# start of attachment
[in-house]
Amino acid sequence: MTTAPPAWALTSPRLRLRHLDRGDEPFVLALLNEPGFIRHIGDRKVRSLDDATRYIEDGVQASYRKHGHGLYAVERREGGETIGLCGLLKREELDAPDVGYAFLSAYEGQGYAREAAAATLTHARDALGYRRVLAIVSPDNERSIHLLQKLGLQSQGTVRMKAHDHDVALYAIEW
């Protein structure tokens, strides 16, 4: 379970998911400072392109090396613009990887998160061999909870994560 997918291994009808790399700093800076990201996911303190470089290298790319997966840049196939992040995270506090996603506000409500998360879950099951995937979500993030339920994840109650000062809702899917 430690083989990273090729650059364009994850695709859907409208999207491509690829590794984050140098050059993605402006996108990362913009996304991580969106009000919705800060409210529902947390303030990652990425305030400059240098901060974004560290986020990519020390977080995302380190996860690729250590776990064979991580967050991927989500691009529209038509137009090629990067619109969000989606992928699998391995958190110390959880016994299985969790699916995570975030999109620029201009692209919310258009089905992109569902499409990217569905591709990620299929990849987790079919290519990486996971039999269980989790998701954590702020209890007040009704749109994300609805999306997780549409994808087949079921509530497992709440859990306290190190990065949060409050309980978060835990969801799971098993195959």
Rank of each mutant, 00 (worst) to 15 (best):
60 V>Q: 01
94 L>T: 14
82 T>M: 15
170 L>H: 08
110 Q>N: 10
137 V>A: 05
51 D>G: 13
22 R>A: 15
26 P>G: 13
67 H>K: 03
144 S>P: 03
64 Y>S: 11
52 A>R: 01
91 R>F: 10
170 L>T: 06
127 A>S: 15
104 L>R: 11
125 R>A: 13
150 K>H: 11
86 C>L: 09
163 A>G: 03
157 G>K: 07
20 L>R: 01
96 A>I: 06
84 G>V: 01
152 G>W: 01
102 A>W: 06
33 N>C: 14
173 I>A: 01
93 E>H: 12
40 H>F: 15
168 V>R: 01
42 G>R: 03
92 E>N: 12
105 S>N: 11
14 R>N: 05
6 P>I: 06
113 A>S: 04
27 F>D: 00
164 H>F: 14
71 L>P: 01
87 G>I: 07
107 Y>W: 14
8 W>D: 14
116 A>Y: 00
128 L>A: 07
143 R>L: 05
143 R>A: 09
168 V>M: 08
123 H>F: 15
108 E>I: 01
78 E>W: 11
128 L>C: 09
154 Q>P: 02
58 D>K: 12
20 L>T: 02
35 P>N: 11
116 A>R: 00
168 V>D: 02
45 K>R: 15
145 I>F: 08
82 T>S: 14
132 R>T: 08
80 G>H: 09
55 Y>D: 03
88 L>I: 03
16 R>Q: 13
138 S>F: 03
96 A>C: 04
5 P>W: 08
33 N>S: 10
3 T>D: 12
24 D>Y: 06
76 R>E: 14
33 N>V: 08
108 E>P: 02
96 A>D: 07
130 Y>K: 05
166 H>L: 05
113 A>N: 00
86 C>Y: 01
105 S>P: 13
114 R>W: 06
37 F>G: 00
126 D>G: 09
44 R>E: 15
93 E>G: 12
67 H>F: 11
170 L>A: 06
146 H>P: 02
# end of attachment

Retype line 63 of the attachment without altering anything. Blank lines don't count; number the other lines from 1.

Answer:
168 V>D: 02